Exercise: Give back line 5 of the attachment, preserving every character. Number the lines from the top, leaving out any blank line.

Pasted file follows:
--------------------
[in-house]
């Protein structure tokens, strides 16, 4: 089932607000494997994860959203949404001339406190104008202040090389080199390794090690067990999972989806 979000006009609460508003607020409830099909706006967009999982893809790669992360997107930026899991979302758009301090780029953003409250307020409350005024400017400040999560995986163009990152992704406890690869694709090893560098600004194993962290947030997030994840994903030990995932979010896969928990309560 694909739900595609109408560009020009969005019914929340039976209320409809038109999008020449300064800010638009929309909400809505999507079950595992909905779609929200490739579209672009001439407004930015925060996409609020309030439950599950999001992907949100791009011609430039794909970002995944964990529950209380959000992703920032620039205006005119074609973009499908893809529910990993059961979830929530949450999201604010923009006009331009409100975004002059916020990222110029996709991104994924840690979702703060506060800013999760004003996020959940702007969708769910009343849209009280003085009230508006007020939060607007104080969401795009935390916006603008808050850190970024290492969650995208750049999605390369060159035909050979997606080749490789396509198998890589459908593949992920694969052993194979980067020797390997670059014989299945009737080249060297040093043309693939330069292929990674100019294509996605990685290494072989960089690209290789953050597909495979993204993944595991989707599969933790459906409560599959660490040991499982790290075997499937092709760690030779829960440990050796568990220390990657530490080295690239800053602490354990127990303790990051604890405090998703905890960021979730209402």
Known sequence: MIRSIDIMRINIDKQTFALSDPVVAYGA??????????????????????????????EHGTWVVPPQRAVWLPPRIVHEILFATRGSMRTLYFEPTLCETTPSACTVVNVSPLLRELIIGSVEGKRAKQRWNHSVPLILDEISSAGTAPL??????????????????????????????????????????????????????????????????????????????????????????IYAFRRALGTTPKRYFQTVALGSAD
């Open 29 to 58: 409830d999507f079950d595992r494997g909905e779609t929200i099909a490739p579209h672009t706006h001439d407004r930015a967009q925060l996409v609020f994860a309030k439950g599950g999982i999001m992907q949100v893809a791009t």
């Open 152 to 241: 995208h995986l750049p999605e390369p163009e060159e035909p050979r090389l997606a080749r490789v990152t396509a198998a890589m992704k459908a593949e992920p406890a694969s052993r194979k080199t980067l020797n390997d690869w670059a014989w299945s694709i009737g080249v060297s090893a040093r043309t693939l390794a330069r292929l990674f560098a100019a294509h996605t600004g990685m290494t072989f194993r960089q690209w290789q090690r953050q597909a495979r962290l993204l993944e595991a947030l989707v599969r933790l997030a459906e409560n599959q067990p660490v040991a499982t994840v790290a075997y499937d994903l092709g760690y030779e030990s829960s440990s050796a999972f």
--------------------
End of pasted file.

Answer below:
């Open 152 to 241: 995208h995986l750049p999605e390369p163009e060159e035909p050979r090389l997606a080749r490789v990152t396509a198998a890589m992704k459908a593949e992920p406890a694969s052993r194979k080199t980067l020797n390997d690869w670059a014989w299945s694709i009737g080249v060297s090893a040093r043309t693939l390794a330069r292929l990674f560098a100019a294509h996605t600004g990685m290494t072989f194993r960089q690209w290789q090690r953050q597909a495979r962290l993204l993944e595991a947030l989707v599969r933790l997030a459906e409560n599959q067990p660490v040991a499982t994840v790290a075997y499937d994903l092709g760690y030779e030990s829960s440990s050796a999972f």